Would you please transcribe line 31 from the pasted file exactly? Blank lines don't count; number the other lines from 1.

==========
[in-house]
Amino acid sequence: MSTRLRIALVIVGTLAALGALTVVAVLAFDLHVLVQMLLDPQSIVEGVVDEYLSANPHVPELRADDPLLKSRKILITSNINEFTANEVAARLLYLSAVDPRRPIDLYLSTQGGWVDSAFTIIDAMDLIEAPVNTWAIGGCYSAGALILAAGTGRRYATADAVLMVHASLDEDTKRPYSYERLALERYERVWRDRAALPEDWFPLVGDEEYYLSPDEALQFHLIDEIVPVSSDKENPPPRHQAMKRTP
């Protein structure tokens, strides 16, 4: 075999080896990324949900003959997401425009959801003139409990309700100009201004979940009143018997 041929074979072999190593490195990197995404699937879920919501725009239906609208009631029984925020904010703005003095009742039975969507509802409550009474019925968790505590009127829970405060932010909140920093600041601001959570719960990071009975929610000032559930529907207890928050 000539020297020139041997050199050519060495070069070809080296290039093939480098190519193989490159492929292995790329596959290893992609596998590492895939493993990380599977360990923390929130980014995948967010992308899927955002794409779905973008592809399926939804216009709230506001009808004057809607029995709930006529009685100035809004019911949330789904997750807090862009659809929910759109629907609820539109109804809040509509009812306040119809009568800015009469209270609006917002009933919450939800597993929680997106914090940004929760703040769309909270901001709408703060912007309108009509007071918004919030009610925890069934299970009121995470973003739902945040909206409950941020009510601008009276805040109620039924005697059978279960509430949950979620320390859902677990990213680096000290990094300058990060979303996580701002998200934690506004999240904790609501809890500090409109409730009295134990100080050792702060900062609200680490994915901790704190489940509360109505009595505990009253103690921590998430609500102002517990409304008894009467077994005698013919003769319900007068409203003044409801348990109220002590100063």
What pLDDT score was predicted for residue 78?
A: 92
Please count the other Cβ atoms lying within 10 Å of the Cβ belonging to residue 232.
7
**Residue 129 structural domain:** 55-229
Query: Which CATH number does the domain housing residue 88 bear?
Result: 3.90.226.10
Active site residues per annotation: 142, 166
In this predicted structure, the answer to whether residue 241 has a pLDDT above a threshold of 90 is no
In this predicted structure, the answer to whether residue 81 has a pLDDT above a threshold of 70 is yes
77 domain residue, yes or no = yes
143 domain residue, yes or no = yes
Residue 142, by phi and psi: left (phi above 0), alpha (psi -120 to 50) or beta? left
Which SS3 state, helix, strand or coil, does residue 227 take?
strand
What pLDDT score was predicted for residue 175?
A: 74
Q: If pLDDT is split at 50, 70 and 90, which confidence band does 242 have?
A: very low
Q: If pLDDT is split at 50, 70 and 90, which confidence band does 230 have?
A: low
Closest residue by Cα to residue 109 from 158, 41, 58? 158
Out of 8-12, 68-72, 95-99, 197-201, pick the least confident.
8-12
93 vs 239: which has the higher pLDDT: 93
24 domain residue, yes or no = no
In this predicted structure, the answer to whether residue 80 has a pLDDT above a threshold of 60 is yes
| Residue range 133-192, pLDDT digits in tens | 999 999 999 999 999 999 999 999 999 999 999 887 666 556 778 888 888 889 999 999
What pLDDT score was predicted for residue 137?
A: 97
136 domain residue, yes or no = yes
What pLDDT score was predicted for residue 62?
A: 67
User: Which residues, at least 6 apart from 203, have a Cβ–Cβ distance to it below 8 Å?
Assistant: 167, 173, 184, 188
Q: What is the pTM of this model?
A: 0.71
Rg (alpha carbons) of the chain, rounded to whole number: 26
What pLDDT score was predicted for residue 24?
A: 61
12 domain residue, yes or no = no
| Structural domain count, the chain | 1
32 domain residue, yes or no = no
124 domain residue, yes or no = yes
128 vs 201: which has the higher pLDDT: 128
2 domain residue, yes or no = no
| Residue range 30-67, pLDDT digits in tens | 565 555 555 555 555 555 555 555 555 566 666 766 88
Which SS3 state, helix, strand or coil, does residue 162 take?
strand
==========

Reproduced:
| Residue range 133-192, pLDDT digits in tens | 999 999 999 999 999 999 999 999 999 999 999 887 666 556 778 888 888 889 999 999